Profession-related socialization refers to individuals’ degrees of learning about their chosen profession . For example, in IT, professionals must acquire information about the technical and social aspects of their work in order to be effective. This information is often passed along via socialization agents (such as role models willing to share career and job-related information). Women with less access to role models or lower levels of learning around the technical or social aspects of the profession may be less likely to remain or succeed in the profession, providing a plausible explanation for their underrepresentation. We asked our sample of IT professionals to report on their socialization.
One of the more common aspects of socialization is the degree of comfort an individual might share with other professionals. Socialization is often used to reference an individual’s interaction with others in social settings. Role modeling is another important aspect of socialization into a profession, reflecting the assistance received from other professionals in learning the norms of the profession. The nature of IT suggests that confidence in technical skills and comfort with the profession’s language are also important to an individual’s socialization in the profession.
Men and women in our survey both generally reported a similar level of experience with role models. Women, even in a predominately male work environment did not report a significant difference from men in the influence role models had on their careers in IT. This surprising finding does not support previous assumptions that the lack of females in IT means a lack of role models for women, which was assumed to be a disadvantage for women .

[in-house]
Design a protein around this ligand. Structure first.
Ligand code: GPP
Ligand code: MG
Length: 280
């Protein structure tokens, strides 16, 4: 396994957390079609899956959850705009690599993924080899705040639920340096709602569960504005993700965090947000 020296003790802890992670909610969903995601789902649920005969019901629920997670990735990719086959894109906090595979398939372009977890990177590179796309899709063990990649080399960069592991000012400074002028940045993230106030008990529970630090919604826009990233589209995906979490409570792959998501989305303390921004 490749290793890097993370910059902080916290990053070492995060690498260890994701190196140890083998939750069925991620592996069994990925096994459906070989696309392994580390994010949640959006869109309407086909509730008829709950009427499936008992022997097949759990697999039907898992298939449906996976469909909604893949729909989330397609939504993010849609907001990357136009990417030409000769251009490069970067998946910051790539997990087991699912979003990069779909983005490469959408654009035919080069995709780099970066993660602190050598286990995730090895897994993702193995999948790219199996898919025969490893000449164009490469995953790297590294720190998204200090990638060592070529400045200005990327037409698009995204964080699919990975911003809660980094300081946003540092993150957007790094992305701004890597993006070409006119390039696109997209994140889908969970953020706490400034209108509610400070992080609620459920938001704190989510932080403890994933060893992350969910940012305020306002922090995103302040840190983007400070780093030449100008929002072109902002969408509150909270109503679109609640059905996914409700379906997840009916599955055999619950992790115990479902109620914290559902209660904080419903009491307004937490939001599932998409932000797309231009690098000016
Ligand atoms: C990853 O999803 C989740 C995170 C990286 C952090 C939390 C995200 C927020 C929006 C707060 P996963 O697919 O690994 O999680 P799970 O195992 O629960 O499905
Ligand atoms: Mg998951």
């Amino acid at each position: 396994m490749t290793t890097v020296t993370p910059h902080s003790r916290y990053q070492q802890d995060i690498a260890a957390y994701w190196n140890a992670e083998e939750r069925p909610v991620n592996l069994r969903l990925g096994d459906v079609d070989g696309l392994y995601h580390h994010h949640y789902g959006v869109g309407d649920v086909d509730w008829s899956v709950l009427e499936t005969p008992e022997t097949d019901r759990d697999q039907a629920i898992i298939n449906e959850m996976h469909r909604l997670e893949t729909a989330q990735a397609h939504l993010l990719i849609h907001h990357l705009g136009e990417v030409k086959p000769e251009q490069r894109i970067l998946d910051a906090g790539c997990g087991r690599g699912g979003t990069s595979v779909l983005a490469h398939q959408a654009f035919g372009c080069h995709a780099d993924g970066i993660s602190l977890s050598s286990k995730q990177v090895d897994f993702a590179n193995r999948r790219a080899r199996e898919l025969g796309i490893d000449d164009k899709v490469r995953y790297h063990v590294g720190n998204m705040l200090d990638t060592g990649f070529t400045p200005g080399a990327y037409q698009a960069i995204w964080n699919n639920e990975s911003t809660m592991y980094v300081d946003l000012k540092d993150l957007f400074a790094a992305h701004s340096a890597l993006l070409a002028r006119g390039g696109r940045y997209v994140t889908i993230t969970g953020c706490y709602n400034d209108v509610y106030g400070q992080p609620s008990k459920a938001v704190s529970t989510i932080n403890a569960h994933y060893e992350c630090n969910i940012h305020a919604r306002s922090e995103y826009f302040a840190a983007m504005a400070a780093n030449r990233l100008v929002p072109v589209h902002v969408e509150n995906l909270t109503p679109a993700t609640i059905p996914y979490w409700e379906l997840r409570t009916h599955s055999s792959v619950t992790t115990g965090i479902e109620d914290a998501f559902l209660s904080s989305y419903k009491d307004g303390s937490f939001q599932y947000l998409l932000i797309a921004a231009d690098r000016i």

Similarly, men and women in the survey reported comparable levels of learning and comfort around the social aspects of the profession despite stereotypes that suggest women are drawn more to social interaction . However, our surveyed male IT professionals also reported stronger socialization with regard to the technical aspects of the profession, including familiarity with its language and confidence concerning their own skills (see Table 2).
Another plausible explanation for women’s underrepresentation in IT could be that women have fewer positive experiences once in the profession; for example, female IT professionals may encounter more difficulty balancing work and family , possibly encouraging them to leave IT and pursue other careers.
Our findings uncovered only one significant gender difference across a variety of work-related experiences. Female and male IT professionals alike reported similar levels of experience regarding the work-family conflict, feelings of burnout, perceptions of work load, perceptions of fair treatment in job scheduling, assignment of job responsibilities, pay and other rewards, and perceptions of supervisor support related to family issues. They differed in regard to their perceptions of supervisor support related to their careers. This finding indicates that women perceive greater support in meeting career goals, recognizing opportunities, and improving their job performance.
The degree of “affective connection” can also influence how long a person stays in an occupation . Women who feel less positive about the IT profession may be more likely to leave. A lack of attachment to the IT profession may explain why fewer women are in IT careers. To test this lack of attachment we examined three attitudes that reflect an individual’s attachment to the IT profession: career satisfaction, professional identification, and intention to leave.